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Efficient use of the clipboard on GaussView


Editing large molecules on a seemingly simple visualizer as GaussView can be a bit daunting. I’m working on a follow up of that project we recently published in JACS but now we require to attach two macrocycles to the organometallic moiety; the only caveat is that this time we don’t have any crystallographic data with which to start. Generating a 3D model of this structure is already hard enough and even when you managed to do it there are many degrees of freedom that in some cases can lead to unrealistic geometries after optimization.

I recently came across a simple way to edit a large complicated molecule by optimizing the fragments separately and then joining them in a new molecule by using the clipboard. This rather simple method, that I for one had never exploited has just saved me a few good hours.

Copy a molecule (CTRL+C) and it will go to the clipboard as a molecular fragment for which you can define a new hot atom and thus bind it to the other fragment as you would with the regular builder. I strongly suggest to use a “New Molecule Group” instead of editing over an existing molecule. Also, if you are using the “paste” button, observe that it has three different options; you may want to use the last one “append to existing molecule” or you will have your fragments in different windows.

And remember, dihedral angles are your best friends.

Some .fchk files wont open in GaussView5.0 (Update)


A couple of weeks ago I posted a solution for a common error regarding .fchk files that will display the error below when opened with GaussView5.0. As I expected, this error has to do with the use of diffuse functions in the basis set and is related to a change of format between Gaussian versions.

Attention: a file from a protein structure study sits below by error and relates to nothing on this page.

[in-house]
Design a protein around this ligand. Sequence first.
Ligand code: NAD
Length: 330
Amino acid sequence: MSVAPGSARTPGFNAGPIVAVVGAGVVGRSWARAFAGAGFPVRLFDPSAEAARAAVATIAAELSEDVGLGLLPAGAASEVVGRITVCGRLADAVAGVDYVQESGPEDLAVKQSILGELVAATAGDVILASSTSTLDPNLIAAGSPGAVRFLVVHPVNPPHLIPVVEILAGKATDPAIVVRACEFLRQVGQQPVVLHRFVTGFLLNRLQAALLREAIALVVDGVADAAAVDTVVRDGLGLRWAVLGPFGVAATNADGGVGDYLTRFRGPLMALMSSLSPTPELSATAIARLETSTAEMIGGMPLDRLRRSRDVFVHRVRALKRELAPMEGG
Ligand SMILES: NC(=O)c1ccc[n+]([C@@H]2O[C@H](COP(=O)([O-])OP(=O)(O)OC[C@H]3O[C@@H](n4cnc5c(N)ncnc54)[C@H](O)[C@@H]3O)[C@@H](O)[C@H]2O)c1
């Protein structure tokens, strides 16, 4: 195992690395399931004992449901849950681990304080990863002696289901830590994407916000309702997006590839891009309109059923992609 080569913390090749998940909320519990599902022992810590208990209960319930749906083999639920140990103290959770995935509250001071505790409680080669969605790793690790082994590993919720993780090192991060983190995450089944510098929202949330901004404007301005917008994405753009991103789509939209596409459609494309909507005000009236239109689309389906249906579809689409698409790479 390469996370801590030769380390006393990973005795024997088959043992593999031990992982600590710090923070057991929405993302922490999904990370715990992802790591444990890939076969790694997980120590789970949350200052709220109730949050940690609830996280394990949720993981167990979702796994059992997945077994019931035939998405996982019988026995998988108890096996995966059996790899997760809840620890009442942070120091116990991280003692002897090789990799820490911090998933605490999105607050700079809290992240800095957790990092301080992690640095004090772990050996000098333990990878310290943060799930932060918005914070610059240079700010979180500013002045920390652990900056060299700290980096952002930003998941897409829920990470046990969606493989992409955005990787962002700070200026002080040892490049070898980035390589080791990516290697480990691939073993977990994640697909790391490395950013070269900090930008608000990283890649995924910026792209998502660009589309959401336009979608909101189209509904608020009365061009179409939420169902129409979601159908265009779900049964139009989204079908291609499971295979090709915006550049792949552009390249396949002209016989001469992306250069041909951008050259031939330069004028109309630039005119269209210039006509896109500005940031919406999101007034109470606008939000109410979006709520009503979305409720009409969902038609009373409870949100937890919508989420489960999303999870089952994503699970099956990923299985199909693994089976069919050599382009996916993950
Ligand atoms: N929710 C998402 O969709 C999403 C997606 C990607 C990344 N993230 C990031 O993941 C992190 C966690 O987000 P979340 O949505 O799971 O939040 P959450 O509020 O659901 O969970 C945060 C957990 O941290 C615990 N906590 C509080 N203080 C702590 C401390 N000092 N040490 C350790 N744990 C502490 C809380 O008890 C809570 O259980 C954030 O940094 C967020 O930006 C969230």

CConnectionGFCHK::Parse_GFCHK()
Missing or bad data: Alpha Orbital Energies
Line Number 1234

Although the method described in the previous post works just fine, the following update is a better approach. Due to a change of spelling between G03 and G09 (which has been corrected for G09 but not available for GV versions prior to 5.0.9) one must change “independent” for “independant

To make the change directly from the terminal the following command is needed:

sed -i 's/independent/independant/g' file.fchk

Alternatively you can redirect the output to a new file

sed -e 's/independent/independant/g' file.fchk > newfile.fchk

if you want to keep the old version and work with a new one.

Of course this edition can be performed manually with any text editor available (for example if you work in Windows) but solutions from the terminal always seem easier and a lot more fun to me.

Thanks to Dr. Fernando Cortés for sharing his insight into this issue.

If a .fchk file wont open in GaussView5.0


I’ve found the following error regarding the opening of .fchk files in GaussView5.0.

CConnectionGFCHK::Parse_GFCHK()
Missing or bad data: Alpha Orbital Energies
Line Number 1234

The error is prevented to a first approximation (i.e. it at least will allow GV to open and visualize the file but other issues may arise) by opening the file and modifying the number of basis functions to equal the number of independent functions (which is lower)

FILE HEADER 
FOpt RM062X 6-311++G(d,p) 
Number of atoms I 75
Info1-9 I N= 9
 163 163 0 0 0 110
 2 18 -502
Charge I 0
Multiplicity I 1
Number of electrons I 314
Number of alpha electrons I 157
Number of beta electrons I 157
Number of basis functions I 1199
Number of independent functions I 1199
Number of point charges in /Mol/ I 0
Number of translation vectors I 0
Atomic numbers I N= 75
... ...
... ...

Once both numbers match you can open the file normally and work with it. My guess is this will continue to happen with highly polarized basis sets but I need to run some tests.

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